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In vertical orbital dystopia (VOD) one eye sits lower than the other which is the direct result of a lower orbital floor and infraorbital rim. While it is uncommon that the lower bony floor of the eye is the only abnormal part of the hard and soft tissue orbital box and the resultant eye asymmetry, for the sake of this discussion we will assume that it is.

In budding up the orbital floor and infraorbital rim there are multiple materials which can be used to do so. These consist of autogenous bone can cartilage grafts to a variety of implant materials. One such implant is bone cement or, more specifically, hydroxyapatite bone (HA) cement. While the name may make one think it is a material that turns into bone, it does not and is best thought of as a bone-friendly implant material.

While there are many different manufacturers of HA bone cement they all consist of a liquid and powder which is mixed to create a putty consistency.

Applying HA bone cement into the limited space of the orbital floor and rim acts much like a spackling material like plaster. It is applied as a thick paste and then shaped with instruments to the desired form. It takes about 10 minutes for the material to become fully set.During the mixing process antibiotic powder can be added to the cement for postoperative diffusion into the implant space.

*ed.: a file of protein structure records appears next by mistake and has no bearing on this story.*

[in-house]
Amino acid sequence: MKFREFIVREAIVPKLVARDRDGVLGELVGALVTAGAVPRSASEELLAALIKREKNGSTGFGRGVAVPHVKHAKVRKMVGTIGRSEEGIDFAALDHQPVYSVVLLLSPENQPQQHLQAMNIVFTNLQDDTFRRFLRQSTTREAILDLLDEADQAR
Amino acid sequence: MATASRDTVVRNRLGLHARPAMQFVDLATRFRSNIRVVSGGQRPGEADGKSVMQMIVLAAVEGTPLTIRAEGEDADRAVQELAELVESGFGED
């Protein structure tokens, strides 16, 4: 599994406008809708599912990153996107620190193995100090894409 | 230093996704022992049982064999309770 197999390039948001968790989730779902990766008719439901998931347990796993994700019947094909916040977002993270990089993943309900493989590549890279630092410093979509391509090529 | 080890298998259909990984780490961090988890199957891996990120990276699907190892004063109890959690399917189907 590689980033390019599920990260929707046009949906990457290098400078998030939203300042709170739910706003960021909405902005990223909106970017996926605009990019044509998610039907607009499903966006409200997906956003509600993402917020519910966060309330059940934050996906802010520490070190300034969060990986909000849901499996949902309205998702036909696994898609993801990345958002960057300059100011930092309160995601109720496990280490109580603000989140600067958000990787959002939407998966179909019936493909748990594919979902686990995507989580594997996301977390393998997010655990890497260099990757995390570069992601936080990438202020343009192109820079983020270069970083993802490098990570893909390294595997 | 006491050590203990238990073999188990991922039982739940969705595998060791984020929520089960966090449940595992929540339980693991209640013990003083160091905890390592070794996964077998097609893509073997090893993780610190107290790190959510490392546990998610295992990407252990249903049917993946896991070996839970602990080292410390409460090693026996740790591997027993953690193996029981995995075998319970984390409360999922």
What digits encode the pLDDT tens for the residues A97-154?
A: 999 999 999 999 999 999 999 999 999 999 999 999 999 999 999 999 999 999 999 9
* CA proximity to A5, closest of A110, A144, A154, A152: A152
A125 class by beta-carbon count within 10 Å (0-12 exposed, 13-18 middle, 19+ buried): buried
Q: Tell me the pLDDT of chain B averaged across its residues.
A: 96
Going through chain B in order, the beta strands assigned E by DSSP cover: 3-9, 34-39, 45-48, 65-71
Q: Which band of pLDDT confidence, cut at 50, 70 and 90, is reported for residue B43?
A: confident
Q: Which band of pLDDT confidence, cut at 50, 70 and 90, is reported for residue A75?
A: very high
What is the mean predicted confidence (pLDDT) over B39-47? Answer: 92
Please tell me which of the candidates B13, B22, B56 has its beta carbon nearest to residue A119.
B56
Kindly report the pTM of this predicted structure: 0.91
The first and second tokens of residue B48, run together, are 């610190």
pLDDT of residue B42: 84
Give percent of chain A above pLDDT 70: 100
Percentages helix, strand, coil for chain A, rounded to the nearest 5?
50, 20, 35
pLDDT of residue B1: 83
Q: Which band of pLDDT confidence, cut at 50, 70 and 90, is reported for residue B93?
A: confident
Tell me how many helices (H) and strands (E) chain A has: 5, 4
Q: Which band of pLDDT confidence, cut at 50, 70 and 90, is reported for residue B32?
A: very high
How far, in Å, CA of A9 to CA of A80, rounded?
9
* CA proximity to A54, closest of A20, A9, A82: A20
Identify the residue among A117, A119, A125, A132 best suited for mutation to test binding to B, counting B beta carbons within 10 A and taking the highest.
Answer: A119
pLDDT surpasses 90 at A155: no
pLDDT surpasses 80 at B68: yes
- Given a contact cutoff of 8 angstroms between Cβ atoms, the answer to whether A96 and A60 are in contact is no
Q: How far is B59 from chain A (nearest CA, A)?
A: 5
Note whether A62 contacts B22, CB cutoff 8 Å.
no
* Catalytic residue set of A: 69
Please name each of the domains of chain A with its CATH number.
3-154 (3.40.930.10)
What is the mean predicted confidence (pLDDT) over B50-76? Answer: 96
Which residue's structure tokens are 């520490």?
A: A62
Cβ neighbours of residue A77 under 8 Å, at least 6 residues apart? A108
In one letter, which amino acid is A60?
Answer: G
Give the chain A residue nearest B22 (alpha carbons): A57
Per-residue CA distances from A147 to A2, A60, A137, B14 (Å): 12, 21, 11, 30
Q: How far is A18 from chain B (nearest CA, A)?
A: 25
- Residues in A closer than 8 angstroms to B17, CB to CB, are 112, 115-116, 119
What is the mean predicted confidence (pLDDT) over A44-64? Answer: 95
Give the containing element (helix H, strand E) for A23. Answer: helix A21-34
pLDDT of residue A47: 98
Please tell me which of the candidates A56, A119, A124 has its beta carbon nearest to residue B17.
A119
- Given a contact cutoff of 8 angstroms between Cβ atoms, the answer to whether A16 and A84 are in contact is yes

The bone cement can be seen in postoperative 3D CT scan due to its mineral content. Its effects are similar to any other implant material in which its lifting effect is related to how much material is added.

While HA bone cement is a ceramic implant materials, advantages are that it can be shaped into almost any form and acts biologically almost like bone. Its disadvantages are that it is a technique-sensitive material and requires a non-wet tissue environment for proper shaping and setting. In my experience it is best used when smaller amounts of orbital augmentation are required and the patient prefers a ‘non-implant’ material.

Dr. Barry Eppley

Indianapolis, Indiana

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